Reflections from writing, editing, and publishing hundreds of guest posts
Have you ever attended a conference with a guest speaker you'd never heard of, only to find yourself inspired by their speech to the point that you followed them on Twitter, downloaded their podcast, and bought their book?
Okay. Maybe you haven't had that exact experience, but you've likely found yourself inspired by a guest speaker at some point, right?
Guest speaking positions are hard to come by for good reason. Guest speakers can use them to grow their audience, promote their brand, and boost their public profile.
Now, we have good news for you. If you aren't a confident public speaker, there is a written alternative to guest speaking — guest posting.
But, what does guest posting look like in practice, and how can you try it? That's what this article is all about. We'll cover the benefits of guest posting, examples of our own successful guest posts, and strategies to help you replicate that success.
Let's jump into it.
What is guest posting?
Broadly, a guest post is a piece of written content you research, write, and edit for another publication, blogger, or brand's website. You produce the post, and someone else publishes it.
For example, Mediaberry’s Founder Mark Quadros wrote this article, “How To Boost Your Sales With Pinterest,” for Ecwid.
This guest post was mutually beneficial for Ecwid and Mediaberry. Ecwid published a high-quality piece of content without producing it in-house, and Mediaberry gained valuable exposure through the post.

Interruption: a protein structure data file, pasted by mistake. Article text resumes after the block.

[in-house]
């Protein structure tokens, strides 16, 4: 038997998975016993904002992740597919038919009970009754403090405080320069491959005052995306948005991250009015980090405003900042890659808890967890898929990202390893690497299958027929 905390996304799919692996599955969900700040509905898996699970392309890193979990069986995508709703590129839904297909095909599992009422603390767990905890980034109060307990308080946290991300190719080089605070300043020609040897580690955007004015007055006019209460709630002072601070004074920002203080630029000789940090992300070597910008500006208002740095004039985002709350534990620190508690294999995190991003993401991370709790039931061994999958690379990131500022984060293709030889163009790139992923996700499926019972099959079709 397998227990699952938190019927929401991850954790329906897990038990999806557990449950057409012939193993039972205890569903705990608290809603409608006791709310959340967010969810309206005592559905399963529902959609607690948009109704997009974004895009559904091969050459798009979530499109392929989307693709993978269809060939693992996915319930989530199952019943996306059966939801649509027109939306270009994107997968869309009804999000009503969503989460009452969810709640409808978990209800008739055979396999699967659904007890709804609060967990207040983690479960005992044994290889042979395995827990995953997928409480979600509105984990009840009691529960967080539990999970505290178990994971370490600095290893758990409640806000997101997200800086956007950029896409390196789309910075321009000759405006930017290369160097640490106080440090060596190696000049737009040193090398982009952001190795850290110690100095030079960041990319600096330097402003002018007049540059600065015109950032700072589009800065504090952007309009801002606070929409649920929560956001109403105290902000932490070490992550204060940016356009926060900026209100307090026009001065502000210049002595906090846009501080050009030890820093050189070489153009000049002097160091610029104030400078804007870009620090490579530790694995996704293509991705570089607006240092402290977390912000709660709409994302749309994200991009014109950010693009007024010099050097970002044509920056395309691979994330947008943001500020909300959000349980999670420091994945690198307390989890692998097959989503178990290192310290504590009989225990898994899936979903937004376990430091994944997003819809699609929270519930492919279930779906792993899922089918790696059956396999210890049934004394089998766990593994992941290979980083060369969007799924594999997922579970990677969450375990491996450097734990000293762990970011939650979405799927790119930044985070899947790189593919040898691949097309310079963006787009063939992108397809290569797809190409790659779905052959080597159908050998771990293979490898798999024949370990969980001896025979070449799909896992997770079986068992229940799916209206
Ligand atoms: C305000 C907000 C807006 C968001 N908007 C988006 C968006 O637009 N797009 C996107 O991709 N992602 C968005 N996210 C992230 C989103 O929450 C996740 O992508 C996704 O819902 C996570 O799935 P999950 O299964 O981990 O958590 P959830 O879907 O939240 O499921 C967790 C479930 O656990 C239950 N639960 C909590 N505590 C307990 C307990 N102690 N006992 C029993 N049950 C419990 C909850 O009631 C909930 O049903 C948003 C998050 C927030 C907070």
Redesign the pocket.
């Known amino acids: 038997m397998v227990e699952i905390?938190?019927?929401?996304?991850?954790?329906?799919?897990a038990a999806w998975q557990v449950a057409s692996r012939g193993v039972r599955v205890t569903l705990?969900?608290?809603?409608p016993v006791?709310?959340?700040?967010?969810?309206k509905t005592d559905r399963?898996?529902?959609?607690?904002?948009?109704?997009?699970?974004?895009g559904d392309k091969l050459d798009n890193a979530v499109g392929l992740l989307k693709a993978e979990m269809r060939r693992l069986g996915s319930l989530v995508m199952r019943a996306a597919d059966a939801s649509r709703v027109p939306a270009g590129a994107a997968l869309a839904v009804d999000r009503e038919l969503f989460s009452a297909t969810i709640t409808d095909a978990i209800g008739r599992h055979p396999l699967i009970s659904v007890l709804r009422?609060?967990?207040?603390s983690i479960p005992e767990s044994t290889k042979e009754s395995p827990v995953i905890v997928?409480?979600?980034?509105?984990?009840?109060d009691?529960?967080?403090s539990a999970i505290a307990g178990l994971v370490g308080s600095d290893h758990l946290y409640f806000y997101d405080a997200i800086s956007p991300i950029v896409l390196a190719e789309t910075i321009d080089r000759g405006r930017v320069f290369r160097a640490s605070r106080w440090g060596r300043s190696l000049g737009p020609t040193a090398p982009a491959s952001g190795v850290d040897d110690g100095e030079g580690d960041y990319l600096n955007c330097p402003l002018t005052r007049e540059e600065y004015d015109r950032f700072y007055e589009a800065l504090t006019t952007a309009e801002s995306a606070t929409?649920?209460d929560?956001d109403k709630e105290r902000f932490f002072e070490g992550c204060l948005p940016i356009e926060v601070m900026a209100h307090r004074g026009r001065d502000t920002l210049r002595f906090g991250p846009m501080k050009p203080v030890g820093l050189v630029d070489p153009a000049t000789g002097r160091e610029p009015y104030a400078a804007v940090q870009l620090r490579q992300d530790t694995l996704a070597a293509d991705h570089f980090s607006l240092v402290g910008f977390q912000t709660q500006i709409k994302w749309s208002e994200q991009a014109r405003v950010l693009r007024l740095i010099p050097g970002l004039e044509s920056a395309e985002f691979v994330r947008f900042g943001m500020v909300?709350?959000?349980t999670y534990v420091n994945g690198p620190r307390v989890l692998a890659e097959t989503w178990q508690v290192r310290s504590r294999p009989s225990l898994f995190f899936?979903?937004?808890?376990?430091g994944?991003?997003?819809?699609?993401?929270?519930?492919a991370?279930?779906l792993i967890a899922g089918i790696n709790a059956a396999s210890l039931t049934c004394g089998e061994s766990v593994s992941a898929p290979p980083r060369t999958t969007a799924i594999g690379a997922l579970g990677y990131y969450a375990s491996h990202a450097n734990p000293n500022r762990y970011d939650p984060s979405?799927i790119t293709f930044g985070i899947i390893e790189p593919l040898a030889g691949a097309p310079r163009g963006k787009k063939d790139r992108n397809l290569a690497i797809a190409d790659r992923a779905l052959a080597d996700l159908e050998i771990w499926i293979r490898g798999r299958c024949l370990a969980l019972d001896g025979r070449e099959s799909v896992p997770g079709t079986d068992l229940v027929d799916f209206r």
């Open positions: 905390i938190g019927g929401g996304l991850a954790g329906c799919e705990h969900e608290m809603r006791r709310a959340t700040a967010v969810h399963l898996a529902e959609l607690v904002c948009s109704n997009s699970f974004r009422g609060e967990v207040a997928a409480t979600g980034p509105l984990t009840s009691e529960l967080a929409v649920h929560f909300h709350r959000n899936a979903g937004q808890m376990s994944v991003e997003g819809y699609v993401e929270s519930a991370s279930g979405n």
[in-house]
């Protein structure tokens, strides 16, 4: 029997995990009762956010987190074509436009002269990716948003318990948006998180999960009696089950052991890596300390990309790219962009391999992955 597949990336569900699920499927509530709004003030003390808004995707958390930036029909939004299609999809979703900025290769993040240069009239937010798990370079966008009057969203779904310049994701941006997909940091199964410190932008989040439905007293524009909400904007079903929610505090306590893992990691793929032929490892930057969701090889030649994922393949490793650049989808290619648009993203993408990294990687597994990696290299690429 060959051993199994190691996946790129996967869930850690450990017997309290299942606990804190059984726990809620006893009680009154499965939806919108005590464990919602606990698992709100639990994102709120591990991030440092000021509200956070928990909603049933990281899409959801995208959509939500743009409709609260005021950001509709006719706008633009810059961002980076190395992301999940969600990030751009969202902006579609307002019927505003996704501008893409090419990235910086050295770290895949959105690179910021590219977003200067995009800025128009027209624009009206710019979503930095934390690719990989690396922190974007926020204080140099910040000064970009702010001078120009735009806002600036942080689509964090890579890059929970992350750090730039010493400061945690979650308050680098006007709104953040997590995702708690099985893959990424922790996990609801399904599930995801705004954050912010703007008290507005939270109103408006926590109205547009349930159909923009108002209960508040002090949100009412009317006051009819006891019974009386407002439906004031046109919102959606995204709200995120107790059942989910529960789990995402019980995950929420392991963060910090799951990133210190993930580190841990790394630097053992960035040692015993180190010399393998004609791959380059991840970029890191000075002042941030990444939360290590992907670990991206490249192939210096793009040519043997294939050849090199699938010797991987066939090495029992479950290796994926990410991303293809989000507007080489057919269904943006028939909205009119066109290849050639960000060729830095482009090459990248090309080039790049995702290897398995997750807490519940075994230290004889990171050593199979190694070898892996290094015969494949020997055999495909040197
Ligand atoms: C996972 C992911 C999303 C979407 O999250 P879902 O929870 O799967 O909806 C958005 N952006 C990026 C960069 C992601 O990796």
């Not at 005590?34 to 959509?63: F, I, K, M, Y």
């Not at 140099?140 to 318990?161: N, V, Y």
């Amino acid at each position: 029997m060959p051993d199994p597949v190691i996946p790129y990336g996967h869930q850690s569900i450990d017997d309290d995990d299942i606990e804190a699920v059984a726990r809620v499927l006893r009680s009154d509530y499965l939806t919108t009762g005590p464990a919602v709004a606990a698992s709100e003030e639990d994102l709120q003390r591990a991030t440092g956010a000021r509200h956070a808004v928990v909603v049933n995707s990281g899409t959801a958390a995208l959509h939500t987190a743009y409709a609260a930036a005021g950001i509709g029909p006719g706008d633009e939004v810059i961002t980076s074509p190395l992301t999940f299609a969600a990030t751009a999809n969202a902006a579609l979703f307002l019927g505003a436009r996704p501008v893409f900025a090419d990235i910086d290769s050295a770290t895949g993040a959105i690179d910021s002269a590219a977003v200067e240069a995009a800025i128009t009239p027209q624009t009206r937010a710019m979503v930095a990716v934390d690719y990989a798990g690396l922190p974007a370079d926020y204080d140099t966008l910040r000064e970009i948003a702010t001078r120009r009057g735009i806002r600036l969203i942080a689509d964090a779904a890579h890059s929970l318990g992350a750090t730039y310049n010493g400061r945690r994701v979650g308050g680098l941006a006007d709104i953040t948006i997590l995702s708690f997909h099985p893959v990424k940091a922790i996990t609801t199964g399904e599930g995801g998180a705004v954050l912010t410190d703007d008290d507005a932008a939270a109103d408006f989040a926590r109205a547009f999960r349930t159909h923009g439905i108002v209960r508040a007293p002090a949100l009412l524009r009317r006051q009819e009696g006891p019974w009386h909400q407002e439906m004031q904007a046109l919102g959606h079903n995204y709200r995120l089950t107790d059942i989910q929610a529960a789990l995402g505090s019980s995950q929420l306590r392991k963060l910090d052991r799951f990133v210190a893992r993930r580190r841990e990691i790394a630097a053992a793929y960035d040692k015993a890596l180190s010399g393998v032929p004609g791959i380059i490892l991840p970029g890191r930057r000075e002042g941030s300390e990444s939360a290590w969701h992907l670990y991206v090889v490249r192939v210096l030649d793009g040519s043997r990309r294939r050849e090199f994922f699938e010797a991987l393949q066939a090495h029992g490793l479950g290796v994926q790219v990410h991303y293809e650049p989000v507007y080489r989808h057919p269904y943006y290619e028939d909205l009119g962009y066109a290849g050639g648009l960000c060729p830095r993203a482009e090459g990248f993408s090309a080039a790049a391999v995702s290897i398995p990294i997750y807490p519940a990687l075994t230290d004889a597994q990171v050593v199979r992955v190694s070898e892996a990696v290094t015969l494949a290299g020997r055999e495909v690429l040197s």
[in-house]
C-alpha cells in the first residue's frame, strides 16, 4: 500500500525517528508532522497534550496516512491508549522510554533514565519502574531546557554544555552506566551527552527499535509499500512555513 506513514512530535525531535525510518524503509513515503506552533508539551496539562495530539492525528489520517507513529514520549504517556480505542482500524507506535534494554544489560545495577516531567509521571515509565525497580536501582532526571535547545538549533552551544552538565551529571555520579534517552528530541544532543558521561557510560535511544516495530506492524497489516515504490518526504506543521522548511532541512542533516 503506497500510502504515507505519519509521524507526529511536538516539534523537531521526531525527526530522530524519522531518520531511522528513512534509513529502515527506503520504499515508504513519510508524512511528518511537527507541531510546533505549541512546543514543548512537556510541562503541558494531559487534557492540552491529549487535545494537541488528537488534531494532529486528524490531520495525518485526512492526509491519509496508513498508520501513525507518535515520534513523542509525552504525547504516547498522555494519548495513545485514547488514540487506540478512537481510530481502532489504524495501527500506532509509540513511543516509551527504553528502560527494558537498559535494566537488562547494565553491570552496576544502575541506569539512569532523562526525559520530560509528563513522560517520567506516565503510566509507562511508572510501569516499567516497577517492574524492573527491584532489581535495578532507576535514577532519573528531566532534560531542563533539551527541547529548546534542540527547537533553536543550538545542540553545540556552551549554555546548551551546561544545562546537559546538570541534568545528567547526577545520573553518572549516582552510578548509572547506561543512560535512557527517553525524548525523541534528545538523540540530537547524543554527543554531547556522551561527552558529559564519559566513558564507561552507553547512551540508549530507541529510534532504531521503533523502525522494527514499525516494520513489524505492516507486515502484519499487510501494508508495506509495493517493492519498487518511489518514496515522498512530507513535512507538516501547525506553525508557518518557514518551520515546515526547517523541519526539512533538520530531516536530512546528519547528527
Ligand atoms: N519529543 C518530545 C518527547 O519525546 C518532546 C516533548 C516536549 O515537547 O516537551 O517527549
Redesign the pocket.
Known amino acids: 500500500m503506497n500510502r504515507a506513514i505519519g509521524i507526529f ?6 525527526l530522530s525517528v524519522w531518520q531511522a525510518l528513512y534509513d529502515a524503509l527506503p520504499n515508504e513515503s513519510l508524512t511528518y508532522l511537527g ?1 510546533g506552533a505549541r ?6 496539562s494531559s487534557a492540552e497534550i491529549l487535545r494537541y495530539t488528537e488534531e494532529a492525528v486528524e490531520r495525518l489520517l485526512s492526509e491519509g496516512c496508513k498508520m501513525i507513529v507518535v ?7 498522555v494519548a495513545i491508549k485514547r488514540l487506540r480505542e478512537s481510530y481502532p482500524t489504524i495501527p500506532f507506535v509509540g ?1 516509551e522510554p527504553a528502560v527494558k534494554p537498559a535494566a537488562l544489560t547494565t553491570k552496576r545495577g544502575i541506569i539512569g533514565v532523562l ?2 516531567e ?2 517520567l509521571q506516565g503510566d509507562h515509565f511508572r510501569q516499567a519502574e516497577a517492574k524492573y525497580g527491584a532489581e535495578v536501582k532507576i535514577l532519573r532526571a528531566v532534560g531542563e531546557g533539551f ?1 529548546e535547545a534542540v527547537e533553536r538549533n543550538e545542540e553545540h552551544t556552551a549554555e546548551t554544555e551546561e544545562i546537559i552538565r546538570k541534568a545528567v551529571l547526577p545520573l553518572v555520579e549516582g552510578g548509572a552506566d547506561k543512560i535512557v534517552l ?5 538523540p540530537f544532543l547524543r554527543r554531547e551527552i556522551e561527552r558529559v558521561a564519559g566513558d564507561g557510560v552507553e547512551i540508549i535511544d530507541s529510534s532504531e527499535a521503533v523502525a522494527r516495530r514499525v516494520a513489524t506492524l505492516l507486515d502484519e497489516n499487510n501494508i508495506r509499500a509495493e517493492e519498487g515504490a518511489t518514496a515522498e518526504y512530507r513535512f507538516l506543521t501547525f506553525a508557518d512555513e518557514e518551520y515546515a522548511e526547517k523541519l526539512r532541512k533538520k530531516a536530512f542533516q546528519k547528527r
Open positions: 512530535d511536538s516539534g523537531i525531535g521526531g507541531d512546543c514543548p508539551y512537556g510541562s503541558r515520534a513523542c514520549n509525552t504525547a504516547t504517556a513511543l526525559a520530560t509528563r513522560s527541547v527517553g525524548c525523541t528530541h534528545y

Ecwid was also kind enough to allow Mark to include a backlink to Mediaberry's website in the post — something that's a key motivation for many guest bloggers.
Now, before we go any further, you need to understand something vital: all links in guest posts are not created equal.
When websites link to other web pages in their posts, they sometimes add a tag that changes how search engines like Google respond to the link. Some of those tags include:
- The “sponsored” tag. This tag tells the search engine that the link's owner paid for the link (and thus, to ignore it).
- The “UGC” tag. This tag tells search engines that a user left the link (you would expect to see this tag primarily in blog comments sections or on social media).
- The “nofollow” tag. The no-follow tag tells search engines to ignore the link.
The type of link you get from guest blog posting is really important. Though no one outside Google truly knows the secrets of PageRank (Google's search engine sorting system), Google has strongly hinted that your website's backlinks are in the top two elements that help your site rank highly.
So, if a guest post tags a link to your site with one of these tags (especially the no-follow or sponsored one), it won't give you a boost in search engine results.
That's where do-follow links come in.
Do-follow links tell search engine algorithms, “yes, I (website) endorse the content contained in this link, and I wish to promote it as a high-quality source.” In other words, it's a gold stamp of approval.
To get a do-follow link, you need to expressly ask the publisher for permission before you write the guest post.
Be explicit when you ask — for example: “I'd love to write an article on (topic) for you, and in return, I ask that you allow me to place a natural, contextual do-follow link within the article. Would that work for you?
Now, this isn't always easy — hence why brands often partner with agencies like Mediaberry to produce and distribute guest posts for them.